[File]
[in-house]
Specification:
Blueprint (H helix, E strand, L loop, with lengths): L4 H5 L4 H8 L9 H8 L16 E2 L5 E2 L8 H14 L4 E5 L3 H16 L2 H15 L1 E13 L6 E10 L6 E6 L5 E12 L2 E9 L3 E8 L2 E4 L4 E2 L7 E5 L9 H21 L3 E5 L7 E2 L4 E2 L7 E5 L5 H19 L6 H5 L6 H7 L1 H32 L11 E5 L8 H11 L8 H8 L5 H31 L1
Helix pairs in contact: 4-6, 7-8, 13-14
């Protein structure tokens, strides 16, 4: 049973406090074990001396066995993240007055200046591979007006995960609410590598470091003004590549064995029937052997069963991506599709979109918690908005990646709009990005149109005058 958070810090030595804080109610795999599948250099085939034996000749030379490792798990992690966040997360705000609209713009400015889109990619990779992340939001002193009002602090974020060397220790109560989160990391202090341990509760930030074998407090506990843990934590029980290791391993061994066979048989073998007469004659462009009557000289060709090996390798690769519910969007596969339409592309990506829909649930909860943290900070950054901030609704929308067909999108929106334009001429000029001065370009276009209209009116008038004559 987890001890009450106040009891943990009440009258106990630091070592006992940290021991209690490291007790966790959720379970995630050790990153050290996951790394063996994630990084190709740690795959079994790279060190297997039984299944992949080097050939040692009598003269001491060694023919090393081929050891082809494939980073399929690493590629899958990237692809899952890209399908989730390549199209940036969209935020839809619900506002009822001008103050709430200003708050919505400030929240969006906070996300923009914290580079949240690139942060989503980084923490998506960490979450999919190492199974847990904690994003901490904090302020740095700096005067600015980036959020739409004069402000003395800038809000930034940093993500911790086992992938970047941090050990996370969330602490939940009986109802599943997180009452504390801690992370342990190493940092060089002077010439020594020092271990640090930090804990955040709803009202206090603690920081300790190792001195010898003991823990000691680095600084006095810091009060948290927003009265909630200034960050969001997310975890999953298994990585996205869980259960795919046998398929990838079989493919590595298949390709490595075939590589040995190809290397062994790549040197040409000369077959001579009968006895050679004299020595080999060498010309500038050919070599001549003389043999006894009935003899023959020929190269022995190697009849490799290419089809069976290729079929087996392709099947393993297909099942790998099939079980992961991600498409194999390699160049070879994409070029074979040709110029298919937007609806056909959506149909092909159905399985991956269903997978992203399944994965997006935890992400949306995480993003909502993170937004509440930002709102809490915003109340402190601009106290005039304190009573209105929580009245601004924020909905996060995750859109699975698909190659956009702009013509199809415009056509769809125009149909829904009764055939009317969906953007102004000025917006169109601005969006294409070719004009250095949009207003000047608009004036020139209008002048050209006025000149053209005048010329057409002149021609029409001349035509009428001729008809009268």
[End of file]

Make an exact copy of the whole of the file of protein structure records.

[in-house]
Specification:
Blueprint (H helix, E strand, L loop, with lengths): L4 H5 L4 H8 L9 H8 L16 E2 L5 E2 L8 H14 L4 E5 L3 H16 L2 H15 L1 E13 L6 E10 L6 E6 L5 E12 L2 E9 L3 E8 L2 E4 L4 E2 L7 E5 L9 H21 L3 E5 L7 E2 L4 E2 L7 E5 L5 H19 L6 H5 L6 H7 L1 H32 L11 E5 L8 H11 L8 H8 L5 H31 L1
Helix pairs in contact: 4-6, 7-8, 13-14
């Protein structure tokens, strides 16, 4: 049973406090074990001396066995993240007055200046591979007006995960609410590598470091003004590549064995029937052997069963991506599709979109918690908005990646709009990005149109005058 958070810090030595804080109610795999599948250099085939034996000749030379490792798990992690966040997360705000609209713009400015889109990619990779992340939001002193009002602090974020060397220790109560989160990391202090341990509760930030074998407090506990843990934590029980290791391993061994066979048989073998007469004659462009009557000289060709090996390798690769519910969007596969339409592309990506829909649930909860943290900070950054901030609704929308067909999108929106334009001429000029001065370009276009209209009116008038004559 987890001890009450106040009891943990009440009258106990630091070592006992940290021991209690490291007790966790959720379970995630050790990153050290996951790394063996994630990084190709740690795959079994790279060190297997039984299944992949080097050939040692009598003269001491060694023919090393081929050891082809494939980073399929690493590629899958990237692809899952890209399908989730390549199209940036969209935020839809619900506002009822001008103050709430200003708050919505400030929240969006906070996300923009914290580079949240690139942060989503980084923490998506960490979450999919190492199974847990904690994003901490904090302020740095700096005067600015980036959020739409004069402000003395800038809000930034940093993500911790086992992938970047941090050990996370969330602490939940009986109802599943997180009452504390801690992370342990190493940092060089002077010439020594020092271990640090930090804990955040709803009202206090603690920081300790190792001195010898003991823990000691680095600084006095810091009060948290927003009265909630200034960050969001997310975890999953298994990585996205869980259960795919046998398929990838079989493919590595298949390709490595075939590589040995190809290397062994790549040197040409000369077959001579009968006895050679004299020595080999060498010309500038050919070599001549003389043999006894009935003899023959020929190269022995190697009849490799290419089809069976290729079929087996392709099947393993297909099942790998099939079980992961991600498409194999390699160049070879994409070029074979040709110029298919937007609806056909959506149909092909159905399985991956269903997978992203399944994965997006935890992400949306995480993003909502993170937004509440930002709102809490915003109340402190601009106290005039304190009573209105929580009245601004924020909905996060995750859109699975698909190659956009702009013509199809415009056509769809125009149909829904009764055939009317969906953007102004000025917006169109601005969006294409070719004009250095949009207003000047608009004036020139209008002048050209006025000149053209005048010329057409002149021609029409001349035509009428001729008809009268």